“Our aim in studying the Godhead must be to know God himself better. Our concern must be to enlarge our acquaintance, not simply with the doctrine of God’s attributes, but with the living God whose attributes they are. As he is the subject of our study, and our helper in it, so he must himself be the end of it. We must seek, in studying God, to be led to God.” (22-23)


  • What keeps people from seeing the study of God as practical and relevant for life?
  • Of the five foundational truths, which one are you most prone to neglect? Why?
  • Personally, what are your motivations and goal in studying theology?
Chapter 2


“Indeed, I count everything as loss because of the surpassing worth of knowing Christ Jesus my Lord. For his sake I have suffered the loss of all things and count them as rubbish, in order that I may gain Christ” (Philippians 3:8)

A little knowledge of God is worth more than a great deal of knowledge about God.

How do we know that we know God? In this chapter, Packer helps us discern the dangerous difference between knowing God and knowing about God. In doing so, he wants to keep us from distraction and deception so we might have the deep joy of knowing God.

  1. Discerning the difference between knowing God and knowing about God. Knowing about God is being able to say correct statements of God while knowing God is being able to confidently say, “I have a relationship with God.” What happens if we fail to discern this difference? We are in danger of becoming “secondhand” Christians who can say the right things about God without having a right relationship with God (p. 27; James 2:19). Therefore, the issue “is not whether we are good at theology” but whether we have a growing relationship with the God to whom our theology points (27).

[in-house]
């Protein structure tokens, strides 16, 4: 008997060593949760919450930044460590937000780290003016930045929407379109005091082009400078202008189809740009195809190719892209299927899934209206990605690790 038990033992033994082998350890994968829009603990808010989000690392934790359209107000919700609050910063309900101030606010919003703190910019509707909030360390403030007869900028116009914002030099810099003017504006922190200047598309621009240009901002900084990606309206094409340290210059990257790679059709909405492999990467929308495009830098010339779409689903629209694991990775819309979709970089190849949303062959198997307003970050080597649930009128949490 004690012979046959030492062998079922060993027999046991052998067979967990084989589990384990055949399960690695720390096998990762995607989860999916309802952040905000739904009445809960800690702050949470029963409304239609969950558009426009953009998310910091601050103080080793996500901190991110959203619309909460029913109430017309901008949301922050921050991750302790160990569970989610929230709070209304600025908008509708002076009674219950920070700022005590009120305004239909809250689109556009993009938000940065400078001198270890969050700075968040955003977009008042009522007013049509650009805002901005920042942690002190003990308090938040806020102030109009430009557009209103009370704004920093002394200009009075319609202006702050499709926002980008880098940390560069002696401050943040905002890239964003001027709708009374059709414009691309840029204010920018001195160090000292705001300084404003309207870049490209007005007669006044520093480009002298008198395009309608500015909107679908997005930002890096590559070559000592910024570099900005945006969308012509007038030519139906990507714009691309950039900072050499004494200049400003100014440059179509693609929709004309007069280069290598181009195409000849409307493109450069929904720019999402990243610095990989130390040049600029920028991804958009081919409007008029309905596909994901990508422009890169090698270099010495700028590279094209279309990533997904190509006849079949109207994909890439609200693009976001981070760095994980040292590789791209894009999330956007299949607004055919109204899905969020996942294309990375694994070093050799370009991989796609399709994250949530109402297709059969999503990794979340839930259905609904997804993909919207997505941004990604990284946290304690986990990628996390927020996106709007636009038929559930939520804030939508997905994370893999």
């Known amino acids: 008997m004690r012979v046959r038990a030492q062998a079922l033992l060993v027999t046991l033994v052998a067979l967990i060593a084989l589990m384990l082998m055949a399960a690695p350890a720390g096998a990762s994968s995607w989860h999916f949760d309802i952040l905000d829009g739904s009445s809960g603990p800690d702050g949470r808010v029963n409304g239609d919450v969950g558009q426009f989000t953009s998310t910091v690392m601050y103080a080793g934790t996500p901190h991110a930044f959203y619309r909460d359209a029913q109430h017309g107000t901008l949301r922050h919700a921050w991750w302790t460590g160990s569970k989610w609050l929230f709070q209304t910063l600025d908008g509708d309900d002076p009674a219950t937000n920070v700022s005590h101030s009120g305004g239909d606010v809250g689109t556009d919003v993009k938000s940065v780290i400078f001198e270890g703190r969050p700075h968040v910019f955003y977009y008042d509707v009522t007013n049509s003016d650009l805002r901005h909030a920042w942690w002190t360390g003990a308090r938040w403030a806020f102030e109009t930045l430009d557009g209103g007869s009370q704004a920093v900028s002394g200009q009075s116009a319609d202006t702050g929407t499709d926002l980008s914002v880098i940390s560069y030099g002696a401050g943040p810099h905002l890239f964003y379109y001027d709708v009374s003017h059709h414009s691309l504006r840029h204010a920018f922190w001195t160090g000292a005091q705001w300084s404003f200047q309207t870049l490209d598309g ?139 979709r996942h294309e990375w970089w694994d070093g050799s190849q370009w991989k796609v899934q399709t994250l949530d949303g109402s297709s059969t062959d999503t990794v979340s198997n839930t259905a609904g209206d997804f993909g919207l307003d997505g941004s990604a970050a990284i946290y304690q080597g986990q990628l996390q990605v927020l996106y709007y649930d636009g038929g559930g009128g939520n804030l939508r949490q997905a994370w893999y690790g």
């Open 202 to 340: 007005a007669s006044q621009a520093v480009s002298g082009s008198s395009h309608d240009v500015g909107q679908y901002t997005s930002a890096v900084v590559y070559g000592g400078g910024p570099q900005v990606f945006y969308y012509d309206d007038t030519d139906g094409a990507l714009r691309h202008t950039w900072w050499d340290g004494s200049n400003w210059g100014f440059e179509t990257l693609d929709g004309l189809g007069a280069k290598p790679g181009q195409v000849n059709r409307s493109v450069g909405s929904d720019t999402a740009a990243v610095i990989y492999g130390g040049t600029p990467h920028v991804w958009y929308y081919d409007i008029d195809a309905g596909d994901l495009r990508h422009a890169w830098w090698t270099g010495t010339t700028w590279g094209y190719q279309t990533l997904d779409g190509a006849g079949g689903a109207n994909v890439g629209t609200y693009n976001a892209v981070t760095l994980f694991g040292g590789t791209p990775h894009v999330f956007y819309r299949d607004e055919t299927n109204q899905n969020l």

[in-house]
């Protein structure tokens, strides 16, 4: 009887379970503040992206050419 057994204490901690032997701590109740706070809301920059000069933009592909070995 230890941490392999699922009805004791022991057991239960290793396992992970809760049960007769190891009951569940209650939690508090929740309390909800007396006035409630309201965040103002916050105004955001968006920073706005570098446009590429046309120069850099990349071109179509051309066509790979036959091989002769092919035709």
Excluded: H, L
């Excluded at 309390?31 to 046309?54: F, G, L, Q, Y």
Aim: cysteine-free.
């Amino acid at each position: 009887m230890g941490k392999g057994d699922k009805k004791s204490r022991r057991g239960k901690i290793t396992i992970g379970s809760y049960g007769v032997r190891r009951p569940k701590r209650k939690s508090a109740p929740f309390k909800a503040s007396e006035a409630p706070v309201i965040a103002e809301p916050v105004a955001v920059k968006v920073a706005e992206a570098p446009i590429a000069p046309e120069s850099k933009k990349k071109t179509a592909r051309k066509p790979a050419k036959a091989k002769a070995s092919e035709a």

2. Diagnosing our own hearts and lives. What does it look like to know God? There are at least four evidences that serve as a diagnostic on our own hearts and lives. First, those who know God have “great energy” for God that is first rooted and evidenced in prayer (27-28). Second, those who know God have “great thoughts” of God that is evidenced in humility (29-30). Third, those who know God have “great boldness” for God that is evidenced in obedience, regardless of the cost (30). Fourth, those who know God have “great contentment” in God that is evidenced in assuring peace (30-31). Can we say that we know God? To answer this, we should ask, if prayer, humility, obedience, and peace are rooted in our hearts and evidenced in our lives?
  3. Learning to walk with God (again). Do we desire to know God? Do we desire to grow in our relationship with God? Then, there are two steps we need to take. The first step is to “recognize how much we lack knowledge of God” (32). As David prayed, we need God to examine our hearts so that He would lead us away from ourselves and lead us to Himself (Ps 139:23-24). The second step is to “seek the Savior” (32). What are we seeking? Whatever it may be, it cannot compare to the beauty and soul satisfaction of knowing God in Christ (Phil 3:8).


“We must learn to measure ourselves, not by our knowledge about God, not by our gifts and responsibilities in the church, but by how we pray and what goes on in our hearts. Many of us, I suspect, have no idea how impoverished we are at this level. Let us ask the Lord to show us.” (32)

  • What’s the difference between knowing God and knowing about God?
  • What thoughts and concerns keep you most distracted from knowing God?
  • Of the four evidences of knowing God, which do you desire to grow in the most?